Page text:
Rejection Therapy

Writing = rejection. Not for everyone and not all of the time, but you can’t exactly have one without the other – that is, if you’re going to put yourself out there. 

I have written thousands of words, of short stories, of ideas that I probably will never share with the world. No fear of rejection there. But, the ones that I do want to… The submissions that I have sent to find agent representation… Loads of it.

And, I think there is an art to knowing what to do with that rejection.

There is a certain amount of rejection you just have to be prepared for because the industry is “subjective” and material that resonates with one agent may very well not resonate with another. JK Rowling’s Harry Potter – an obvious example of a huge commercial success – did not land with every agent who read the submission. But, she persevered. Plenty of other authors have the same story. Actors, athletes, musicians, everyone, can think of a time when they were rejected by a job they wanted. It’s how they moved forward. Tom Brady was a low draft pick and is now considered one of the greatest quarterbacks of all time. Brock Purdy was the last pick of the draft and led his team to the Superbowl a few short years later. John Krasinski talks about being near giving up on acting before he was cast as Jim Halpert from the Office. Sometimes, it’s about waiting for your moment.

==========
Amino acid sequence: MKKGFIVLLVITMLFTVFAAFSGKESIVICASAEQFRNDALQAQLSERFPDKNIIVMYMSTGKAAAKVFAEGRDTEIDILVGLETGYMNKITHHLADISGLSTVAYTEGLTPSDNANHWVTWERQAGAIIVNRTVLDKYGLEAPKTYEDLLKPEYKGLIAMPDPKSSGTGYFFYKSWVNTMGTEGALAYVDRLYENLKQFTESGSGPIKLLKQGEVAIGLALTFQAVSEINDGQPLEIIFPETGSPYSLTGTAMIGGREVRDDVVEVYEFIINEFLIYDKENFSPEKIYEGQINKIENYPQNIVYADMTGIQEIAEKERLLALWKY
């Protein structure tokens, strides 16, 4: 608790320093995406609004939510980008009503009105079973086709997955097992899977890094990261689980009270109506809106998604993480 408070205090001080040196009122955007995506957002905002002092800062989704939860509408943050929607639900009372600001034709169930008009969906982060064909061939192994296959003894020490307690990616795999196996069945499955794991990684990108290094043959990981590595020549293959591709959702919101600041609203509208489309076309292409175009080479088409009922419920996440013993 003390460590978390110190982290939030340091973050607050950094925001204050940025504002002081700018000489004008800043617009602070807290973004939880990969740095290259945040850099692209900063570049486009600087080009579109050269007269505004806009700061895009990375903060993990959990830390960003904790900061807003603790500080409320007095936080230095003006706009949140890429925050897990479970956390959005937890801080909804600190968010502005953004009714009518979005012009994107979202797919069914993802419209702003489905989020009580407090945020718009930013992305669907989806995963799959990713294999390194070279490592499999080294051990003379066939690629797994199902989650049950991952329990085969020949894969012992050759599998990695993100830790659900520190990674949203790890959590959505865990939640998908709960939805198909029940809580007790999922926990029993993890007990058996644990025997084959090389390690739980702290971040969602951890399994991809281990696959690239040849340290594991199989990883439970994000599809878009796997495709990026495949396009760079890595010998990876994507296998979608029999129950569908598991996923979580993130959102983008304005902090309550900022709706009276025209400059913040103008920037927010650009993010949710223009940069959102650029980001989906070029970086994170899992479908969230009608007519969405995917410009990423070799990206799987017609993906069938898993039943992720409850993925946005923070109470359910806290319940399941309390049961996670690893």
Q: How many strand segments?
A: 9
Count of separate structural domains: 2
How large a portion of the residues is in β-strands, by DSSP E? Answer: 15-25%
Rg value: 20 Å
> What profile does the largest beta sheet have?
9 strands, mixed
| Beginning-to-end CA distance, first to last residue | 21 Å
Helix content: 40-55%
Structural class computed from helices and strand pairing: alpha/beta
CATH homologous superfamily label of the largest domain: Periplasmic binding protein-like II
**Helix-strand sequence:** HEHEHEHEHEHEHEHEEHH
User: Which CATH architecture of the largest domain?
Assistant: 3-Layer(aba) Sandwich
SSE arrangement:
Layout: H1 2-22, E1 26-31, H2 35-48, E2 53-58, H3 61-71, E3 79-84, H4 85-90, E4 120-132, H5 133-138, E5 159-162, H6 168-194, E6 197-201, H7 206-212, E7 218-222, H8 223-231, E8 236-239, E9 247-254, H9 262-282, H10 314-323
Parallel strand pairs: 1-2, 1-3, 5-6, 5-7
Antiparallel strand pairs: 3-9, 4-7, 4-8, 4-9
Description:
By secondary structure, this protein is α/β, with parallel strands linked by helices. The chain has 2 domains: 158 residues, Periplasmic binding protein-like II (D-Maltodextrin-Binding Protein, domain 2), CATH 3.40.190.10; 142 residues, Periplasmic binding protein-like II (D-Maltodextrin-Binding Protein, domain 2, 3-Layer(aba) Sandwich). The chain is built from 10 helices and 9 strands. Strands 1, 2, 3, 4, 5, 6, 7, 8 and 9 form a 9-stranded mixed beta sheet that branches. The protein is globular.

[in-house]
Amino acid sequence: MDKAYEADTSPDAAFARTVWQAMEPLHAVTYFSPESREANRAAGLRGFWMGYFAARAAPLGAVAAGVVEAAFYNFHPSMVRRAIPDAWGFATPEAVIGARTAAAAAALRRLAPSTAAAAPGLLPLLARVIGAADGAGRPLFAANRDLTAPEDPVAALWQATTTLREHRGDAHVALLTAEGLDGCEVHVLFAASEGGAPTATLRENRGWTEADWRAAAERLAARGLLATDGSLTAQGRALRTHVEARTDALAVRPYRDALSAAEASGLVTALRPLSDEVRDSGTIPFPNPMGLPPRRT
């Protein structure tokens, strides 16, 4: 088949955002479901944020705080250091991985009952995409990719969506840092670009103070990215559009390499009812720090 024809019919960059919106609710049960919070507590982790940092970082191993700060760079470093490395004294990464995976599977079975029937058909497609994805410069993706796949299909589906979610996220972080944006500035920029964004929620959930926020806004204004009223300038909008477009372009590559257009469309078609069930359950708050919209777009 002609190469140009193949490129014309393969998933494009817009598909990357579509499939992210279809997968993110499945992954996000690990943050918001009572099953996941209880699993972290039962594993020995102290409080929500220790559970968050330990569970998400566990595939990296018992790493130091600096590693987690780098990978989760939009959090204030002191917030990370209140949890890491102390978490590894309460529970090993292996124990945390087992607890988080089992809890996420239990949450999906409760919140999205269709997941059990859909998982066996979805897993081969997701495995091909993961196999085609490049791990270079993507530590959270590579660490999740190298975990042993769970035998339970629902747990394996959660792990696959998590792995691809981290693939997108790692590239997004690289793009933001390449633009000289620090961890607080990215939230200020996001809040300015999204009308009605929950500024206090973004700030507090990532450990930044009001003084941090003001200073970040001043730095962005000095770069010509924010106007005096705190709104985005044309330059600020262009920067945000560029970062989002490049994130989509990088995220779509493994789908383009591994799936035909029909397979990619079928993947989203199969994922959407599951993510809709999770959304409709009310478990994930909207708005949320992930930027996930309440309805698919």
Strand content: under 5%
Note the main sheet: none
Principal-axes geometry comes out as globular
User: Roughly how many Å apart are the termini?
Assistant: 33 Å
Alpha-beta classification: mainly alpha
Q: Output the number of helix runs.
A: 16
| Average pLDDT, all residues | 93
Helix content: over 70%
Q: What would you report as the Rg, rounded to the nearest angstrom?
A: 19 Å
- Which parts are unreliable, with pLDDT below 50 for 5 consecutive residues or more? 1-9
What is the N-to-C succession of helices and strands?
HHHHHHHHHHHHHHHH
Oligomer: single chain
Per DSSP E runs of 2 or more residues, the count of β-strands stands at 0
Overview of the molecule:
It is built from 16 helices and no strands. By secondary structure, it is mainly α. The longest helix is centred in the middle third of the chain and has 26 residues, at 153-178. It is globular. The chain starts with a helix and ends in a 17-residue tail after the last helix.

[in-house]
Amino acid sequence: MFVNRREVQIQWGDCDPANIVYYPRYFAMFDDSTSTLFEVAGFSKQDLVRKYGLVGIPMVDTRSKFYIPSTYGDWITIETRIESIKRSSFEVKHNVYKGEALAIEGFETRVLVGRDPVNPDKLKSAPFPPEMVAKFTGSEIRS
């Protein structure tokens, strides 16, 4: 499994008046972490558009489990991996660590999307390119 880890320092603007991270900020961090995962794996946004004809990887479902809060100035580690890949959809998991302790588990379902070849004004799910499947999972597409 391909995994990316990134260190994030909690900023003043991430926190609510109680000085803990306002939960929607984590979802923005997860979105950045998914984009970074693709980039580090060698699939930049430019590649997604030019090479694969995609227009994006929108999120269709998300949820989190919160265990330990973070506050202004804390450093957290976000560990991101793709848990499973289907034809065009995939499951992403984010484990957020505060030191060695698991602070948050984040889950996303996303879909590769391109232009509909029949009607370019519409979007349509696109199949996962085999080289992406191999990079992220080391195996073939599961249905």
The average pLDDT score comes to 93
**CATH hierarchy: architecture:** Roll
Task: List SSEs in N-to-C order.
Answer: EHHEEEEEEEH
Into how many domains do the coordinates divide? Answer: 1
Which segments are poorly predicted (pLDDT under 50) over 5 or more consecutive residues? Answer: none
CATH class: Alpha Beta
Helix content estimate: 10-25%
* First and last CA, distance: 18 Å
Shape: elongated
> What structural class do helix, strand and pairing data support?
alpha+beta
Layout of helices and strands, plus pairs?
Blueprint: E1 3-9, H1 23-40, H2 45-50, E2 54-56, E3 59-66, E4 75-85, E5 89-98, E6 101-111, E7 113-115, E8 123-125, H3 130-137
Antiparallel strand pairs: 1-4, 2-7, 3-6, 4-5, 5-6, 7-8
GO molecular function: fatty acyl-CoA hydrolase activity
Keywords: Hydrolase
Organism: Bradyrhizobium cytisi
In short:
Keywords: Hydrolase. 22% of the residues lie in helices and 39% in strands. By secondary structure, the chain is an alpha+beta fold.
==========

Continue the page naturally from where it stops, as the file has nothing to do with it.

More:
Sometimes, though, there might be changes you can make to improve and earn your moment sooner.

There is a certain amount of rejection that should maybe, possibly, make you take a second look at your submission material. I’m not an expert. I don’t know what the secret formula is. Agents will tell you the commercial genres they feel most confident representing. Then, they’ll say they want characters that pop off the pages, a story that keeps them turning pages, one they can’t put down. And they might not be able to articulate what precisely that looks like either. But, you might be able to gain something useful from those rejections. Maybe there is a common thread or maybe you have an opportunity to straight up ask that agent. From my experience, most agents will not offer feedback if they only read your submission materials. You will more than likely receive a boilerplate form rejection. But, if you have opportunities for an agent to review your entire manuscript, you will probably receive slightly more detailed feedback. 

It will not be “If you make these eight specific changes, you will be a bestseller.” It will more than likely be something along the lines of – “I liked X and Y but due to Z, I didn’t feel like it would be the best fit.” If Z is your favorite part of your story, then don’t change anything. But if there’s a little part of you saying that you agree… just think about it. There’s lots of ways to take feedback and implement it in a way that feels organic to you. But again, I’m not an expert. I’m just someone who loves feedback and I’ll take an opportunity to become better any time it presents itself to me!


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